By Forrest Crellin PARIS (Reuters) – Georgia coach Levan Maisashvili lamented his team’s ill-discipline and imprecision after they opened their sixth World Cup campaign with a 35-15 loss to Australia on Saturday. The Lelos were penalised 14 times in the first half alone and their misery was compounded just before the break when Miriani Modebadze […]
Rugby-Georgia undone by ill-discipline and errors, says coach
By Forrest Crellin
PARIS (Reuters) – Georgia coach Levan Maisashvili lamented his team’s ill-discipline and imprecision after they opened their sixth World Cup campaign with a 35-15 loss to Australia on Saturday.
The Lelos were penalised 14 times in the first half alone and their misery was compounded just before the break when Miriani Modebadze was shown a yellow card for jumping over a ruck to try and slap the ball from the Australian scrumhalf.
Despite the absence of the left winger, Georgia started the second half more brightly but wild passes and dropped balls, leading to turnovers and missed opportunities, restricted them to two tries.
“Our goal was to not receive more than eight or nine penalties but maybe we had bad management and the opponent played very well,” Maisashvili told reporters.
“The discipline problem is not only due to a bad game, we had a lot of emotions too. We lost the kicking game and we were kind of weak, but we were good on the counter attack… Our game was pretty weak so we got dominated by Australia.”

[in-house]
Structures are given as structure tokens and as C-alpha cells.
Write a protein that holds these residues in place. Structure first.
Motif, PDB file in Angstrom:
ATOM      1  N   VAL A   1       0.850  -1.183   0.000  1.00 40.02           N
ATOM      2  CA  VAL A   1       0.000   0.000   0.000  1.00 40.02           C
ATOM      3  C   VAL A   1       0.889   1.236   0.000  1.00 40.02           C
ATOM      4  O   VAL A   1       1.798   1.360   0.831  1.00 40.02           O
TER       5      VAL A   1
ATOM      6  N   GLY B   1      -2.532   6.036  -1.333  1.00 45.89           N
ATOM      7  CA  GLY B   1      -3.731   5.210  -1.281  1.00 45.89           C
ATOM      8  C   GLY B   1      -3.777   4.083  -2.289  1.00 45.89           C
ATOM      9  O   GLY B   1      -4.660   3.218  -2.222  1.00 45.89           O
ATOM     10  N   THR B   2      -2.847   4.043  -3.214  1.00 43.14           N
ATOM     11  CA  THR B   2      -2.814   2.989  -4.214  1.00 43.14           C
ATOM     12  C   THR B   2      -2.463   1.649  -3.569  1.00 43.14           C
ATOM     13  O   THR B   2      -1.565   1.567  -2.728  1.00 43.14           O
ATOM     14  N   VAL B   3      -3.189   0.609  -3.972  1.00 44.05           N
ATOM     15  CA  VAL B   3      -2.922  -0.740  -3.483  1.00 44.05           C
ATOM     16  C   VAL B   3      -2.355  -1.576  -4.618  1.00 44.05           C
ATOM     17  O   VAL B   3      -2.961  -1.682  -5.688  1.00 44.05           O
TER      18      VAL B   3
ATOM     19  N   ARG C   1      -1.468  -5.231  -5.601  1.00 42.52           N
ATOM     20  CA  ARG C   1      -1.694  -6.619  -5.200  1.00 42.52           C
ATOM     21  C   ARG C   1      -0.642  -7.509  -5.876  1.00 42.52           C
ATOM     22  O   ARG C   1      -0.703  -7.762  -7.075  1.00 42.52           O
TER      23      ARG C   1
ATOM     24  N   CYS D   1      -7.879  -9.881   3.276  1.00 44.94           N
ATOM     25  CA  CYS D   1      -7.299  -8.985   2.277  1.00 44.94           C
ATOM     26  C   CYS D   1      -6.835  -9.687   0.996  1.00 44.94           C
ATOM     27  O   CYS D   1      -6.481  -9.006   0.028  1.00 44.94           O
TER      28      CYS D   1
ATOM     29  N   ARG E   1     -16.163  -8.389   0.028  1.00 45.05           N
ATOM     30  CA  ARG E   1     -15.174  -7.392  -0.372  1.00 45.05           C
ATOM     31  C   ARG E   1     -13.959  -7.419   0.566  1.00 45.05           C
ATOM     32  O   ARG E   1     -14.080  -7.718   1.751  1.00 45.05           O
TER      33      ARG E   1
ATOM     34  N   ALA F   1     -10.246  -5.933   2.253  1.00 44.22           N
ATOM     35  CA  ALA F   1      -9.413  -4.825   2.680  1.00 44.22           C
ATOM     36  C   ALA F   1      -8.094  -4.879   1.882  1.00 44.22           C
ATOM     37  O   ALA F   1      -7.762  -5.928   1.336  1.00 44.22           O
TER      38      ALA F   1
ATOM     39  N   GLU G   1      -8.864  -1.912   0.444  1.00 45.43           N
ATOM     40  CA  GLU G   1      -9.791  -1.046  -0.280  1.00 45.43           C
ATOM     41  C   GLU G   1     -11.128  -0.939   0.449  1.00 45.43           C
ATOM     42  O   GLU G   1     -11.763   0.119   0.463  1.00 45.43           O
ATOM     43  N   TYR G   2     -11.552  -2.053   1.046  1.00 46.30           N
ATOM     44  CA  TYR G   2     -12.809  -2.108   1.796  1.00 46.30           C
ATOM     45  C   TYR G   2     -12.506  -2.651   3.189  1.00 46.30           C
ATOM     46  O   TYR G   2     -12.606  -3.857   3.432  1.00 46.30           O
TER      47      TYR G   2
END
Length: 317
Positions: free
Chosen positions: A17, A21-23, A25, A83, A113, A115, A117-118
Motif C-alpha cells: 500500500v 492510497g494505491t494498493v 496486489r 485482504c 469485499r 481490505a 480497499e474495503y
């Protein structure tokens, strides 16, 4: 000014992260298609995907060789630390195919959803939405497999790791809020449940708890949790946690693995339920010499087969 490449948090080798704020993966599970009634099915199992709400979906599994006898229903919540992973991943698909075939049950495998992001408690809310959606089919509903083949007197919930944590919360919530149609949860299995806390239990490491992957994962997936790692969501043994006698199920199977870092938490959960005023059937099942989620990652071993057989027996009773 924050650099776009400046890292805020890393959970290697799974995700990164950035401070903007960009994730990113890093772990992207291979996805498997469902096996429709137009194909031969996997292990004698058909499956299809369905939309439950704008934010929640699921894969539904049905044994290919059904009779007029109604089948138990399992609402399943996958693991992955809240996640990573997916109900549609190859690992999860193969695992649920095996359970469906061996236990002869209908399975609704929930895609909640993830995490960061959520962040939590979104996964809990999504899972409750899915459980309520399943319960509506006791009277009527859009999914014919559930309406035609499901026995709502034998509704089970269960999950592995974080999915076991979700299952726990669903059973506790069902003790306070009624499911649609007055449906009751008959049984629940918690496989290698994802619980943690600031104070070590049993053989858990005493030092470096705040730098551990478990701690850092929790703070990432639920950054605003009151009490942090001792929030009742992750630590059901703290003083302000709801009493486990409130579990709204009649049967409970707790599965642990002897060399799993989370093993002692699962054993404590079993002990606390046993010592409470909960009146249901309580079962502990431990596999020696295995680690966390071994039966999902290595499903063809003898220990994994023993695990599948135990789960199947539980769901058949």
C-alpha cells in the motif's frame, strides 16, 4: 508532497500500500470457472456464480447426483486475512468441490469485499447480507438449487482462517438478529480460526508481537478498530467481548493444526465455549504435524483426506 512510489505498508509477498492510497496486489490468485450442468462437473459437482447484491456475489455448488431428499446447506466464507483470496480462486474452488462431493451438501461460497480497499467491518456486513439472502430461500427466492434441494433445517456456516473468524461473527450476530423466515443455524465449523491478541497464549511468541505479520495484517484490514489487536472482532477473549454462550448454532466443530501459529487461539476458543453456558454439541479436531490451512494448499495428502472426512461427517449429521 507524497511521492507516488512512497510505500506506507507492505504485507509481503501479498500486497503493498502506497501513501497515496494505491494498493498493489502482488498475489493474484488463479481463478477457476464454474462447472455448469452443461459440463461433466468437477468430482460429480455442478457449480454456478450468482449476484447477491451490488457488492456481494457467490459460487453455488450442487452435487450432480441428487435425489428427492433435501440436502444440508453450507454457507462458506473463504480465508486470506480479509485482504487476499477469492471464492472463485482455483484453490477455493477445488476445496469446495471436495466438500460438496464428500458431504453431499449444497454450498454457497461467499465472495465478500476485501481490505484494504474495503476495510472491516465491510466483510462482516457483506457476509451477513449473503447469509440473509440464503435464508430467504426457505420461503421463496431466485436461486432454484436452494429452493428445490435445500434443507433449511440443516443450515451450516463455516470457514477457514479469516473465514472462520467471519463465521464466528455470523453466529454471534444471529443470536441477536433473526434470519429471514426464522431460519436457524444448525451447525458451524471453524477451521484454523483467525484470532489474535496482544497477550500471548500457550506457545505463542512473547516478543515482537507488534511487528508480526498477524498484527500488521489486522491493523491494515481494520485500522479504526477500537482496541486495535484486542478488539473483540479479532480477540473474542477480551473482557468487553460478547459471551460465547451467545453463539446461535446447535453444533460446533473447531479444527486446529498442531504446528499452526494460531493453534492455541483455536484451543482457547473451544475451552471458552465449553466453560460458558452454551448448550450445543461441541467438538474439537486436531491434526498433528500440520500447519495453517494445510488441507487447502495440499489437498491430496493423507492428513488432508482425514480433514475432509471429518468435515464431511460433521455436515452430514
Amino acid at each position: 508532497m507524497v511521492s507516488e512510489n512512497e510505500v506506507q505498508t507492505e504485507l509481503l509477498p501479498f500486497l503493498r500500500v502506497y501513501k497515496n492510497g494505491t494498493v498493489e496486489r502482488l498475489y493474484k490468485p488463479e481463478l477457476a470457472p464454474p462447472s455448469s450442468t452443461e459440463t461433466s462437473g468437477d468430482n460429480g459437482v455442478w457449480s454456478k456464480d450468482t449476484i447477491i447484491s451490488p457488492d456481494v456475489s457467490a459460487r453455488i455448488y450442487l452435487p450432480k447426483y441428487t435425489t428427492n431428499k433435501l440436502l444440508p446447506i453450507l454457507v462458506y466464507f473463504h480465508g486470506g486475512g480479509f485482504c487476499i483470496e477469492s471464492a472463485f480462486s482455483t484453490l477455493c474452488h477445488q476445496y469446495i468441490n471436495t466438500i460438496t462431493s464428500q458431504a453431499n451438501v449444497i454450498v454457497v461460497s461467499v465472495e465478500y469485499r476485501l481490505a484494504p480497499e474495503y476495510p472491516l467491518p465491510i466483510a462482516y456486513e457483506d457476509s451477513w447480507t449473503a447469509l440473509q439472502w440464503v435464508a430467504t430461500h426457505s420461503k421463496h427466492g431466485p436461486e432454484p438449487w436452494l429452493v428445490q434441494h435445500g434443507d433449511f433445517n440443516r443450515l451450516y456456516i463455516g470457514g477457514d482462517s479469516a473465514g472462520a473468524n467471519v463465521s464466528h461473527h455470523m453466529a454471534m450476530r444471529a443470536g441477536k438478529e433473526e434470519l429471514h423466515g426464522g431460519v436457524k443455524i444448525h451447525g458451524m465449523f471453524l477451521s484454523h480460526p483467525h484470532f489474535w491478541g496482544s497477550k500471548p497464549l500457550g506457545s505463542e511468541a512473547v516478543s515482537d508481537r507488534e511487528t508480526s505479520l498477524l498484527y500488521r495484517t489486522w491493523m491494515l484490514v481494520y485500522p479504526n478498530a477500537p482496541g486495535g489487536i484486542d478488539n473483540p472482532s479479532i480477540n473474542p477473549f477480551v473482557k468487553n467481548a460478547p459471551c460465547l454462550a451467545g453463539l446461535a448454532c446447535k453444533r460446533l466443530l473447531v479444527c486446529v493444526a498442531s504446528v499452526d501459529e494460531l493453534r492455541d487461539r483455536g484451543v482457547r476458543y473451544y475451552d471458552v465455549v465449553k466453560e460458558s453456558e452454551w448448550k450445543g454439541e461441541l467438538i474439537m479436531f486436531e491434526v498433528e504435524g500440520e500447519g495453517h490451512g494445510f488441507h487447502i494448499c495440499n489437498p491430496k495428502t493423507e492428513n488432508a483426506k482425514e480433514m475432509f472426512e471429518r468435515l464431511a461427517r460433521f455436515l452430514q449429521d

Georgia entered the tournament with the same aim as they have entered the previous five: to make their case for more regular, meaningful competition during non-World Cup years.
“If you compare the Australian team to us, sure they have young players but they have experience playing against good teams, and they have much more opportunities to play highly competitive rugby,” the coach said.
Their hopes of an upset to fuel their claims to better opposition did not materialise, however, as Australia ran in four tries to secure a bonus-point win.
Georgia captain Merab Sharikadze suggested that nerves had got the better of his team.
“We were playing against a very good Australian side,” he said. “We had many technical issues and I hope for the future we will handle the pressure better.”
Georgia, once famed only for their scrummaging but more recently offering some backline flair, displayed their traditional physicality and commitment but it was not enough to keep pace with the more tactically sound Australian side.
“I’m grateful to the boys because they fought to the end,” the coach said.
“We missed at least three chances and we lost our energy in the end.”
Georgia have two weeks to reflect on their loss and prepare for their next match in Toulouse against Portugal, the only Pool C opponents beneath them in the world rankings.
“We did not have much self confidence today, but what’s important is the next game against Portugal,” he said.
(Reporting by Forrest Crellin, editing by Nick Mulvenney and Hugh Lawson)